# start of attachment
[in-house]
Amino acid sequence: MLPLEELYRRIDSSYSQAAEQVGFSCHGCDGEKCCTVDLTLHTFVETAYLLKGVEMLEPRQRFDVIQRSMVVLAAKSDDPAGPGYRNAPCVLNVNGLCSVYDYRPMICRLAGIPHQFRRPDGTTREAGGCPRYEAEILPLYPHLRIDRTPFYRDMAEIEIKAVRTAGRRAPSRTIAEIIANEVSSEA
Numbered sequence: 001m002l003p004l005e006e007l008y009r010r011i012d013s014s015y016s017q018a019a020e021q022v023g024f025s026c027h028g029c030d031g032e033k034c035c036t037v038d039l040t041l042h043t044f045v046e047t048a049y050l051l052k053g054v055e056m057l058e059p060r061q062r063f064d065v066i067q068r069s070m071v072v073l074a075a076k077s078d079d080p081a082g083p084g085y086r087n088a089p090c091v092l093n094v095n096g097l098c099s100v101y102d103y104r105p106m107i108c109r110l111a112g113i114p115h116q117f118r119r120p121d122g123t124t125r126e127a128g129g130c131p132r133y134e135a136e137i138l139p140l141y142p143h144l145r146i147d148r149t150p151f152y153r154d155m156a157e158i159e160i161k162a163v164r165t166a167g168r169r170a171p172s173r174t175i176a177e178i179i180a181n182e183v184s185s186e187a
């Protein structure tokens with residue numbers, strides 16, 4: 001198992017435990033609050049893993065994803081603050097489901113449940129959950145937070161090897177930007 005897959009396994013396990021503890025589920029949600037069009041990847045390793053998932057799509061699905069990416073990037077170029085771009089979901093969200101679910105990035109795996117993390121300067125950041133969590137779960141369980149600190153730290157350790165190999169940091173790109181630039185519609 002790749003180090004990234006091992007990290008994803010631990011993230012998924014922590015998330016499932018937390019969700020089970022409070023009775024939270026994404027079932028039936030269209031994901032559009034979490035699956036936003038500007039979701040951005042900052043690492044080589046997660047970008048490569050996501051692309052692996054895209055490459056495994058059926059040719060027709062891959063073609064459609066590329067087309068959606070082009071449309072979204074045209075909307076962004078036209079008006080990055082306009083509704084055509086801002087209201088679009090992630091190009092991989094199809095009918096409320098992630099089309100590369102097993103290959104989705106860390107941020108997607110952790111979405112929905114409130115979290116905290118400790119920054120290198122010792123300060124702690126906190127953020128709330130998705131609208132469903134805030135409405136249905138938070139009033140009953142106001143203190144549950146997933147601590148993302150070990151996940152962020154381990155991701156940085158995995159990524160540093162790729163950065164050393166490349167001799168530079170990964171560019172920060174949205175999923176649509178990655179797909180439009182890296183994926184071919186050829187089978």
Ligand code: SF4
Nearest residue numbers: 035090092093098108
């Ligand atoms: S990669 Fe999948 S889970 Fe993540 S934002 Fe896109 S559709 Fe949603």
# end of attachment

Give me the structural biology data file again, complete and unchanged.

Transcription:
[in-house]
Amino acid sequence: MLPLEELYRRIDSSYSQAAEQVGFSCHGCDGEKCCTVDLTLHTFVETAYLLKGVEMLEPRQRFDVIQRSMVVLAAKSDDPAGPGYRNAPCVLNVNGLCSVYDYRPMICRLAGIPHQFRRPDGTTREAGGCPRYEAEILPLYPHLRIDRTPFYRDMAEIEIKAVRTAGRRAPSRTIAEIIANEVSSEA
Numbered sequence: 001m002l003p004l005e006e007l008y009r010r011i012d013s014s015y016s017q018a019a020e021q022v023g024f025s026c027h028g029c030d031g032e033k034c035c036t037v038d039l040t041l042h043t044f045v046e047t048a049y050l051l052k053g054v055e056m057l058e059p060r061q062r063f064d065v066i067q068r069s070m071v072v073l074a075a076k077s078d079d080p081a082g083p084g085y086r087n088a089p090c091v092l093n094v095n096g097l098c099s100v101y102d103y104r105p106m107i108c109r110l111a112g113i114p115h116q117f118r119r120p121d122g123t124t125r126e127a128g129g130c131p132r133y134e135a136e137i138l139p140l141y142p143h144l145r146i147d148r149t150p151f152y153r154d155m156a157e158i159e160i161k162a163v164r165t166a167g168r169r170a171p172s173r174t175i176a177e178i179i180a181n182e183v184s185s186e187a
């Protein structure tokens with residue numbers, strides 16, 4: 001198992017435990033609050049893993065994803081603050097489901113449940129959950145937070161090897177930007 005897959009396994013396990021503890025589920029949600037069009041990847045390793053998932057799509061699905069990416073990037077170029085771009089979901093969200101679910105990035109795996117993390121300067125950041133969590137779960141369980149600190153730290157350790165190999169940091173790109181630039185519609 002790749003180090004990234006091992007990290008994803010631990011993230012998924014922590015998330016499932018937390019969700020089970022409070023009775024939270026994404027079932028039936030269209031994901032559009034979490035699956036936003038500007039979701040951005042900052043690492044080589046997660047970008048490569050996501051692309052692996054895209055490459056495994058059926059040719060027709062891959063073609064459609066590329067087309068959606070082009071449309072979204074045209075909307076962004078036209079008006080990055082306009083509704084055509086801002087209201088679009090992630091190009092991989094199809095009918096409320098992630099089309100590369102097993103290959104989705106860390107941020108997607110952790111979405112929905114409130115979290116905290118400790119920054120290198122010792123300060124702690126906190127953020128709330130998705131609208132469903134805030135409405136249905138938070139009033140009953142106001143203190144549950146997933147601590148993302150070990151996940152962020154381990155991701156940085158995995159990524160540093162790729163950065164050393166490349167001799168530079170990964171560019172920060174949205175999923176649509178990655179797909180439009182890296183994926184071919186050829187089978």
Ligand code: SF4
Nearest residue numbers: 035090092093098108
């Ligand atoms: S990669 Fe999948 S889970 Fe993540 S934002 Fe896109 S559709 Fe949603």